Abstract The majority of clear-cell renal cell carcinomas (ccRCC) show high and homogeneous expression levels of the tumor associated antigen (TAA) carbonic anhydrase IX (CAIX), and treatment with interleukin-2 (IL-2) based immunotherapy can lead to cure in patients with metastatic renal cell car...... interest in future cancer vaccines, but more studies are needed to elucidate the immunological mechanisms of action in potentially cured patients treated with an immunotherapeutic agent.......Abstract The majority of clear-cell renal cell carcinomas (ccRCC) show high and homogeneous expression levels of the tumor associated antigen (TAA) carbonic anhydrase IX (CAIX), and treatment with interleukin-2 (IL-2) based immunotherapy can lead to cure in patients with metastatic renal cell...... of disease (NED) following treatment with IL-2 based immunotherapy, and thus potentially cured. Immune reactivity in these patients was compared with samples from patients with dramatic tumor response obtained immediately at the cessation of therapy, samples from patients that experienced progressive disease...

  4. Bystander activation and anti-tumor effects of CD8+ T cells following Interleukin-2 based immunotherapy is independent of CD4+ T cell help.

    Directory of Open Access Journals (Sweden)

    Arta M Monjazeb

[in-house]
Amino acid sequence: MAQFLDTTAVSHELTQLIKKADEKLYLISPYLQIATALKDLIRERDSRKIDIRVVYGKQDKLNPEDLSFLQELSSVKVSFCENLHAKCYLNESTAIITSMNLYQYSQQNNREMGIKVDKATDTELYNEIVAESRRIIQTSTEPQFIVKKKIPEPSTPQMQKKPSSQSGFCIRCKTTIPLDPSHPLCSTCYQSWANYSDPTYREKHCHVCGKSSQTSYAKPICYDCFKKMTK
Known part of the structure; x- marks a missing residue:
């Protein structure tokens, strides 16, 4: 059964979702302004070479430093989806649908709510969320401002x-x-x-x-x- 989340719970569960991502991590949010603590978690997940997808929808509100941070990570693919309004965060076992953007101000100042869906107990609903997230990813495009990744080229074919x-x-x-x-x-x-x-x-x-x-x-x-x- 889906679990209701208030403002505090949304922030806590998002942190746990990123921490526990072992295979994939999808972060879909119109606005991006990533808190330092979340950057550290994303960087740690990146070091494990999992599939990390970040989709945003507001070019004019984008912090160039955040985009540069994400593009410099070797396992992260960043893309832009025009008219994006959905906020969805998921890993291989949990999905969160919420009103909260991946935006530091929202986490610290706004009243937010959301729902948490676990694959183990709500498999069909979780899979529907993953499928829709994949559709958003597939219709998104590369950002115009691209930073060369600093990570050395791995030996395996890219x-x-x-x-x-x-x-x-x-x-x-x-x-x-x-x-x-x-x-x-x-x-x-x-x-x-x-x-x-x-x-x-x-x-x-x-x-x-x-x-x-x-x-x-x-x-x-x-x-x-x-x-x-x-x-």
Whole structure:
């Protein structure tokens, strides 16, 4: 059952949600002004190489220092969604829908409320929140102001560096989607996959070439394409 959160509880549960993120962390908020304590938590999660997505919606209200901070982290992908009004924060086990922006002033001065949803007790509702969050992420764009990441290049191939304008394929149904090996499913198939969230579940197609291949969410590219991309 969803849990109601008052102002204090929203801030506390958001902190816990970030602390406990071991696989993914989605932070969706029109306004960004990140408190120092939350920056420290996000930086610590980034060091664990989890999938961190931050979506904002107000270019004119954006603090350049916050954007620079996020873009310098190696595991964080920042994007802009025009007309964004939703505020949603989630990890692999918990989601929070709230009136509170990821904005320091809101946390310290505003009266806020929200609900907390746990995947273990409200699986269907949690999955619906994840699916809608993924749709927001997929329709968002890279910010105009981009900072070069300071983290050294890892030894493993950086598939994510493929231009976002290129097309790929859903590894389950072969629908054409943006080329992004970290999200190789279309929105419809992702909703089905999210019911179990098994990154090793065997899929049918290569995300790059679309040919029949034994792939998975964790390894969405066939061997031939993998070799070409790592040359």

Full Text Available We have previously demonstrated that immunotherapy combining agonistic anti-CD40 and IL-2 (IT results in synergistic anti-tumor effects. IT induces expansion of highly cytolytic, antigen-independent "bystander-activated" (CD8(+CD44high T cells displaying a CD25(-NKG2D(+ phenotype in a cytokine dependent manner, which were responsible for the anti-tumor effects. While much attention has focused on CD4(+ T cell help for antigen-specific CD8(+ T cell expansion, little is known regarding the role of CD4(+ T cells in antigen-nonspecific bystander-memory CD8(+ T cell expansion. Utilizing CD4 deficient mouse models, we observed a significant expansion of bystander-memory T cells following IT which was similar to the non-CD4 depleted mice. Expanded bystander-memory CD8(+ T cells upregulated PD-1 in the absence of CD4(+ T cells which has been published as a hallmark of exhaustion and dysfunction in helpless CD8(+ T cells. Interestingly, compared to CD8(+ T cells from CD4 replete hosts, these bystander expanded cells displayed comparable (or enhanced cytokine production, lytic ability, and in vivo anti-tumor effects suggesting no functional impairment or exhaustion and were enriched in an effector phenotype. There was no acceleration of the post-IT contraction phase of the bystander memory CD8(+ response in CD4-depleted mice. The response was independent of IL-21 signaling. These results suggest that, in contrast to antigen-specific CD8(+ T cell expansion, CD4(+ T cell help is not necessary for expansion and activation of antigen-nonspecific bystander-memory CD8(+ T cells following IT, but may play a role in regulating conversion of these cells from a central memory to effector phenotype. Additionally, the expression of PD-1 in this model appears to be a marker of effector function and not exhaustion.